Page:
Stocks Get Big Boost From Tech, Energy

By Renae Merle
Washington Post Staff Writer
Thursday, July 16, 2009

A rally in the technology and energy sectors helped spur a broad Wall Street rebound yesterday, lifting stocks to their highest levels in a month.

The Dow Jones industrial average climbed 3.1 percent, or 256.72 points, to close at 8616.21 -- the biggest point gain for the blue-chip index since March. The broader Standard & Poor's 500-stock index was up nearly 3 percent, or 26.84 points, to close at 932.68, while the technology-heavy Nasdaq composite index received the biggest lift, climbing 3.5 percent, or 63.17 points, to 1862.90.

Stocks have languished in recent weeks as investors feared that the recession would be more difficult than expected to escape. But traders have recently regained some footing, sending the Dow up 5.8 percent so far this week, and the S&P and Nasdaq up 6.1 percent.

The rally yesterday was sparked by better-than-expected earnings from Intel. The Silicon Valley chip giant reported a loss during the quarter and that sales slipped compared with the same period last year. The company's results were also weighed down by a charge for a $1.45 billion antitrust fine from the European Commission.

But analysts were impressed by the company's projection that personal computer sales had already begun to improve and would strengthen further in the second half of the year. The results also marked the company's best first-quarter to second-quarter growth since 1988, according to an Intel statement.

Intel's stock climbed 7.2 percent yesterday to $18.05 a share and helped lifted the rest of the sector. Advanced Micro Devices and IBM were up 8.7 percent and 3.8 percent, respectively.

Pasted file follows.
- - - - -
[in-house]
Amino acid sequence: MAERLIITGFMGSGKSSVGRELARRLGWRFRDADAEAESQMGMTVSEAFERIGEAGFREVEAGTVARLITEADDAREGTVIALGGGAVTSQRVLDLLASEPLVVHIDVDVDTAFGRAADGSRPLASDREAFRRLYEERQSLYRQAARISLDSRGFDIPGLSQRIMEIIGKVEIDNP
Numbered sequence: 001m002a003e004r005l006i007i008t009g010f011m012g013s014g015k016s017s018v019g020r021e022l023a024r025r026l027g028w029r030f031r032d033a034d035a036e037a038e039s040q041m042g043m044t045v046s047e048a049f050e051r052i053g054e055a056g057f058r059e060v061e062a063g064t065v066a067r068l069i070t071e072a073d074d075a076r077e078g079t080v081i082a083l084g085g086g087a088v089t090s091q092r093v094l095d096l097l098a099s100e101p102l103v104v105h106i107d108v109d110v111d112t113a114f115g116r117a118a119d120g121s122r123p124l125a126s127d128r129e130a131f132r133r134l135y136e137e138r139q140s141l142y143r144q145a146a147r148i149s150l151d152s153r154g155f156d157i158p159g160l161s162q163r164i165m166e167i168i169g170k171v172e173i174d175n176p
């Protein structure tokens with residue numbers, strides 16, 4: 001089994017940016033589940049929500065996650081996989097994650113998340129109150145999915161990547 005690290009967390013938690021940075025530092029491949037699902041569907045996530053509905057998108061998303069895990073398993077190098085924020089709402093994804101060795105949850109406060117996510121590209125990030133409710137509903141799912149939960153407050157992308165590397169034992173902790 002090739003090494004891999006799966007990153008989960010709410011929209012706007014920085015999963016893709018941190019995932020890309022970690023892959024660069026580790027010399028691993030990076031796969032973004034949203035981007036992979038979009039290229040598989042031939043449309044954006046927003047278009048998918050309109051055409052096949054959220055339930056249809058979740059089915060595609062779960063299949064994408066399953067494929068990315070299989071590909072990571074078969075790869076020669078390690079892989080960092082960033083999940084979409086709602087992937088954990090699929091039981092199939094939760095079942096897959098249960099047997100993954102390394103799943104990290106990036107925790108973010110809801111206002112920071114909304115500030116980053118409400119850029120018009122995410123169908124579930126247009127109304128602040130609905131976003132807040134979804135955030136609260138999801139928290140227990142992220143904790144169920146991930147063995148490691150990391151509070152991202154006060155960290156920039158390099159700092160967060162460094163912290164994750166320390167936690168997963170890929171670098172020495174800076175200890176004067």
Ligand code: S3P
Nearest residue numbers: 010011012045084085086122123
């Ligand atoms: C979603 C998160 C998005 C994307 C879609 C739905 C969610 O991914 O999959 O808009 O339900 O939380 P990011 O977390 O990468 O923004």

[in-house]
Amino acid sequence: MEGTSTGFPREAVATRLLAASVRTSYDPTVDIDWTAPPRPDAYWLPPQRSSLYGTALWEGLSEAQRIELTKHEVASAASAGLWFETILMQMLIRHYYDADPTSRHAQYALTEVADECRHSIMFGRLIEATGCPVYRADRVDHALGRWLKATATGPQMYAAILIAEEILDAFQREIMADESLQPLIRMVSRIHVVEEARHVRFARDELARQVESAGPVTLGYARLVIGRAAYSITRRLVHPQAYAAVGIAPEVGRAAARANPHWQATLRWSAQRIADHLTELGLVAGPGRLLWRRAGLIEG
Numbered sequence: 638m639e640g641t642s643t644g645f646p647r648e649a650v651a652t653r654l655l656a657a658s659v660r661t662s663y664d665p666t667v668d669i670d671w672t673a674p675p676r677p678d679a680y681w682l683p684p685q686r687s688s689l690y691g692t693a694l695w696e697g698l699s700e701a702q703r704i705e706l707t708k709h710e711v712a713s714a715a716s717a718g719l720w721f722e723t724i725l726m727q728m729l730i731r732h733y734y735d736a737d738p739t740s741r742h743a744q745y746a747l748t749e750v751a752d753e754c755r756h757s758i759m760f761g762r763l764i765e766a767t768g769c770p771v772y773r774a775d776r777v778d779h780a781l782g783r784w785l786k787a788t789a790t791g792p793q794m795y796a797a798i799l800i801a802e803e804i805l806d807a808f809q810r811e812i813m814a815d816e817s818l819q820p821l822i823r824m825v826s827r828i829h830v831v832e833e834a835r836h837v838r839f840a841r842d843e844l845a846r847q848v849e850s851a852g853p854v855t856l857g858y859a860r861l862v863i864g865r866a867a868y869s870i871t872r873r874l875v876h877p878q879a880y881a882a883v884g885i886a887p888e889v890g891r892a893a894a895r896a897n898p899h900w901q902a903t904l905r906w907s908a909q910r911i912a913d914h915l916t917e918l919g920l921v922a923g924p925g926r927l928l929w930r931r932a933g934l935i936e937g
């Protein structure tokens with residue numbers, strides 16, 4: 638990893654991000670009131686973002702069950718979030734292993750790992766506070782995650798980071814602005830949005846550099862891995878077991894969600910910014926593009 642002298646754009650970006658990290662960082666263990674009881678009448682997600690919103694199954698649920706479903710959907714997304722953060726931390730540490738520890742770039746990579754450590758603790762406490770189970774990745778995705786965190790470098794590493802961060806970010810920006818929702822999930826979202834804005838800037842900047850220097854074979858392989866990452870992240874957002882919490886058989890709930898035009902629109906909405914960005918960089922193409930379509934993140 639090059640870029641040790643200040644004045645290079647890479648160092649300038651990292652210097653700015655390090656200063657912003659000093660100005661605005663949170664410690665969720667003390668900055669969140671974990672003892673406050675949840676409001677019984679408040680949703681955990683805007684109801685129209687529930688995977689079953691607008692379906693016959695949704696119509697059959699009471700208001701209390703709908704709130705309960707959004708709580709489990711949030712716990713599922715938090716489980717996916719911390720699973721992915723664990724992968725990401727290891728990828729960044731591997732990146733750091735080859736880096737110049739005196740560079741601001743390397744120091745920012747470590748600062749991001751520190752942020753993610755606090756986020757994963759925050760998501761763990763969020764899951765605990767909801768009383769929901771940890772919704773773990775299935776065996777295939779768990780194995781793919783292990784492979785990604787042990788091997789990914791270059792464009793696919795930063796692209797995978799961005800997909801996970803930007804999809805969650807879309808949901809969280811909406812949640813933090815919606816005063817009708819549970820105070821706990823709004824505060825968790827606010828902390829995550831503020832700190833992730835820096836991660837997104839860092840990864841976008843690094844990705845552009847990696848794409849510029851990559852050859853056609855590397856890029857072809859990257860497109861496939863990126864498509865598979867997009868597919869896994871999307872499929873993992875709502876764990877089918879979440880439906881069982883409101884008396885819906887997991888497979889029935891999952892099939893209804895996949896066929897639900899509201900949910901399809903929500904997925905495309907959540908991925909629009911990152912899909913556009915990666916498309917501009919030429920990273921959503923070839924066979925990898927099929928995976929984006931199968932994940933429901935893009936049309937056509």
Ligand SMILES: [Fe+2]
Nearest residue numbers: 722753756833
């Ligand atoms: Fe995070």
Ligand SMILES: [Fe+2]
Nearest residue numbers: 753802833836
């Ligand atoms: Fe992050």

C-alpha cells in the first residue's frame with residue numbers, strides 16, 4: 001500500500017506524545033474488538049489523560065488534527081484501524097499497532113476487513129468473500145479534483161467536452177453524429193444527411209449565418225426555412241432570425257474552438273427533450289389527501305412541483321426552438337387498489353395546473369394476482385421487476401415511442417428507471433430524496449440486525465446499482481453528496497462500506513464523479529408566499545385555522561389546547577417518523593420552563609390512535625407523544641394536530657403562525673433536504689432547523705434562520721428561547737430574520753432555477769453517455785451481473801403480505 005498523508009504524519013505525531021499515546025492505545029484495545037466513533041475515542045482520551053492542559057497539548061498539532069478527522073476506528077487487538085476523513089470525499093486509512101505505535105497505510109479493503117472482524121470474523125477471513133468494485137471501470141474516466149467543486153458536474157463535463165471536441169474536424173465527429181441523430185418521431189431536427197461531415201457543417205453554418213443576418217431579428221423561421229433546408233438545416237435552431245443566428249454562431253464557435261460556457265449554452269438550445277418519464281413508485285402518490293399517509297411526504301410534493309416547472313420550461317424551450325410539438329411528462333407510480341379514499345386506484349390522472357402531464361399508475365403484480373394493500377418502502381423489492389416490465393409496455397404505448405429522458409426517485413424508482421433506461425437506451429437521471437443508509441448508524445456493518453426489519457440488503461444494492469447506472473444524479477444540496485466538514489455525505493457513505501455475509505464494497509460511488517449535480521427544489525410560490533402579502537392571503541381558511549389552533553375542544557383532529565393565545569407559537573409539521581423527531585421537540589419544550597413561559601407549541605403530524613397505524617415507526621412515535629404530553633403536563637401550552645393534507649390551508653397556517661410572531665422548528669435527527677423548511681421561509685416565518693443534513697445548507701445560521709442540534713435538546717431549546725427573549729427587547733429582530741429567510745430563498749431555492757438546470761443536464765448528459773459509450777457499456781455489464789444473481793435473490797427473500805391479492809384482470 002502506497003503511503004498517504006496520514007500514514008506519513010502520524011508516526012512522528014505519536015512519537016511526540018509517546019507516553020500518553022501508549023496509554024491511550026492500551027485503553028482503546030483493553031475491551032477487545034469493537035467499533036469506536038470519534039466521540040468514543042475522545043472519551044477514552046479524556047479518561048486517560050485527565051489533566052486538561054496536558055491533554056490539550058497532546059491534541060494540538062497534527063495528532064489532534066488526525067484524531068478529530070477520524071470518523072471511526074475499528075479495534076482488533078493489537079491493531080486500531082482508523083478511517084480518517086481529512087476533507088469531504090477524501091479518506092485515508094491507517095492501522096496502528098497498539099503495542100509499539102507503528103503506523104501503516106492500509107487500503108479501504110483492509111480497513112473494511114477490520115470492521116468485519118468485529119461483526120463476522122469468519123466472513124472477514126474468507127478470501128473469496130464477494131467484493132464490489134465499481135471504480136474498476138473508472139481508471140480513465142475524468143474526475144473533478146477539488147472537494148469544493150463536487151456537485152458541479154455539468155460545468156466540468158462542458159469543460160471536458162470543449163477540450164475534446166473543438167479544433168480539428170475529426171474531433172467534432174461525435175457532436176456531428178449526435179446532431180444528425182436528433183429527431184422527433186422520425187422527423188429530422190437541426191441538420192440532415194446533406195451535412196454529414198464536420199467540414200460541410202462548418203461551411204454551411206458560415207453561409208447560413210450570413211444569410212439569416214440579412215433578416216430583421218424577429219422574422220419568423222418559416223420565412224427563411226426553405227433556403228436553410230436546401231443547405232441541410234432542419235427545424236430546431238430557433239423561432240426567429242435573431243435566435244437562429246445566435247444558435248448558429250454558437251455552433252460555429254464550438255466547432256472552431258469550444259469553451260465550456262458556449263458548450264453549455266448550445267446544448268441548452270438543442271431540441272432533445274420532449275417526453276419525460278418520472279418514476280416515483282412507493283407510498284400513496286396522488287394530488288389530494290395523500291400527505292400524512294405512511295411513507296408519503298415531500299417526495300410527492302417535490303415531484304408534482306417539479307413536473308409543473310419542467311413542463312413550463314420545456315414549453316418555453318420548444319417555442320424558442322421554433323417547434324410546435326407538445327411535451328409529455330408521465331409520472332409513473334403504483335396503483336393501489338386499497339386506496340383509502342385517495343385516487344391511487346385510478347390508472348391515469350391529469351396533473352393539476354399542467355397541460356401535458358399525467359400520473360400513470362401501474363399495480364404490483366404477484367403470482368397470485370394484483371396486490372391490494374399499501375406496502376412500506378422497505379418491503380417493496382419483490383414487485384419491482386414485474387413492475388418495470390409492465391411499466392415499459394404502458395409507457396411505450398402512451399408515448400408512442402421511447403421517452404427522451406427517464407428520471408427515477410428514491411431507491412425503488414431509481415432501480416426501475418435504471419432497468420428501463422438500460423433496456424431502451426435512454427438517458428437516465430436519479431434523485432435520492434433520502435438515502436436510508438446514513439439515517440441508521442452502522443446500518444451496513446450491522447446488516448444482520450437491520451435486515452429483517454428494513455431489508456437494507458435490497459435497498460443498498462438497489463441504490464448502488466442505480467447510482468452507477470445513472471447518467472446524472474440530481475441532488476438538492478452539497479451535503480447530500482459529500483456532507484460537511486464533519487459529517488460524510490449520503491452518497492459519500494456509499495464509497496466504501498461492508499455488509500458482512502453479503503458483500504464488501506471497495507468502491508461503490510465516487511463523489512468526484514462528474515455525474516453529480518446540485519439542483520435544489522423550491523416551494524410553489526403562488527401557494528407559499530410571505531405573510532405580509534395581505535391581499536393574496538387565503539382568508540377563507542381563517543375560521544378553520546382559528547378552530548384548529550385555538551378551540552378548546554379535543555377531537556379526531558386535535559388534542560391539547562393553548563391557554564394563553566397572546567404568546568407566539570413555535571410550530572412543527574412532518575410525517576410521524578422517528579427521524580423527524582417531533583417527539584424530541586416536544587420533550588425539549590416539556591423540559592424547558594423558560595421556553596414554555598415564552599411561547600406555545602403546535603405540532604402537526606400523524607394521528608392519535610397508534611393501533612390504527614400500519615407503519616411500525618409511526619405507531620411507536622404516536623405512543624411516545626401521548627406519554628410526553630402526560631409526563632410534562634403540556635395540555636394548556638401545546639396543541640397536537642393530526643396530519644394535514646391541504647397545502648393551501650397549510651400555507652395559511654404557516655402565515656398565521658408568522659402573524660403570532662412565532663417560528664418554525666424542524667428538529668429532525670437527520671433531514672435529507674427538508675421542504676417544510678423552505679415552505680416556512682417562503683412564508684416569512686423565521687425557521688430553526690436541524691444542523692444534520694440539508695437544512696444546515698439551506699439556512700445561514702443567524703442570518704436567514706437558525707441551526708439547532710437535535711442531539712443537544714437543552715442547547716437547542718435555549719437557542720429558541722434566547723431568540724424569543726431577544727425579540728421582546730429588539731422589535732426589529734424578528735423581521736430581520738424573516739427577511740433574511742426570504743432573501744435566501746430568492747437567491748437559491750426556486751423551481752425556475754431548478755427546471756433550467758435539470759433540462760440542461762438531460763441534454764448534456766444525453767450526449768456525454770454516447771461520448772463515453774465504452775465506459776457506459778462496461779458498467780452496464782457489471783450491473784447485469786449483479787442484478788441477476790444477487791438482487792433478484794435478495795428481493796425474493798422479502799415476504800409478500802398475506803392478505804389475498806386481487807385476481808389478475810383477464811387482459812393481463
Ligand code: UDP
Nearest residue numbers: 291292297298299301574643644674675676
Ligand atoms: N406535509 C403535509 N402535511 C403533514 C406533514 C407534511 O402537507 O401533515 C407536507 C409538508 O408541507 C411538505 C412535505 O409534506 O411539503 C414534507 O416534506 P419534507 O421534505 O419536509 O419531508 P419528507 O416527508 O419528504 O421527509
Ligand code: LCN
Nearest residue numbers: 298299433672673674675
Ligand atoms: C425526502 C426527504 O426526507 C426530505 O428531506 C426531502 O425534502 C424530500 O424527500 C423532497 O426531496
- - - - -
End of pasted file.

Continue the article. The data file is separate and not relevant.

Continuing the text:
Intel and Goldman Sachs kicked off what is expected to be a dismal earnings season this week by beating analysts' expectations. Investors are hoping for signs that corporations can not only beat low earnings projections but present signs that the slump in consumer spending is easing, analysts said. Google, J.P. Morgan Chase and General Electric are all scheduled to report earnings this week.

"We already know companies are cutting costs" to help them meet low earnings expectations, said Jack Ablin, chief investment officer at Harris Private Bank in Chicago. "We would like to see revenue hold up, we want to see a more favorable outlooks."

Meanwhile, energy stocks rallied yesterday as crude oil prices jumped 3.4 percent, to $61.54 a barrel on the New York Mercantile Exchange. Exxon Mobil and Chevron were up 3.4 percent and 2.5 percent, respectively, while ConocoPhillips climbed 2.7 percent.

Investors shrugged off mixed economic news. The nation's factories cut production again last month, but not as much as expected. And a spike in energy prices led to a 0.7 percent increase in consumer prices. Meanwhile, the Federal Reserve forecast that the country's unemployment rate could rise to about 10 percent by the end of the year. The unemployment rate reached 9.5 percent last month.

Investors are more focused on what the second half of the year will bring than more evidence of a weak economy, analysts said. "As long as the economic news is no worse than expected, then they will focus on earnings, which has been better than expected," said Doug Roberts, chief investment strategist for the New Jersey-based Channel Capital Research Institute.

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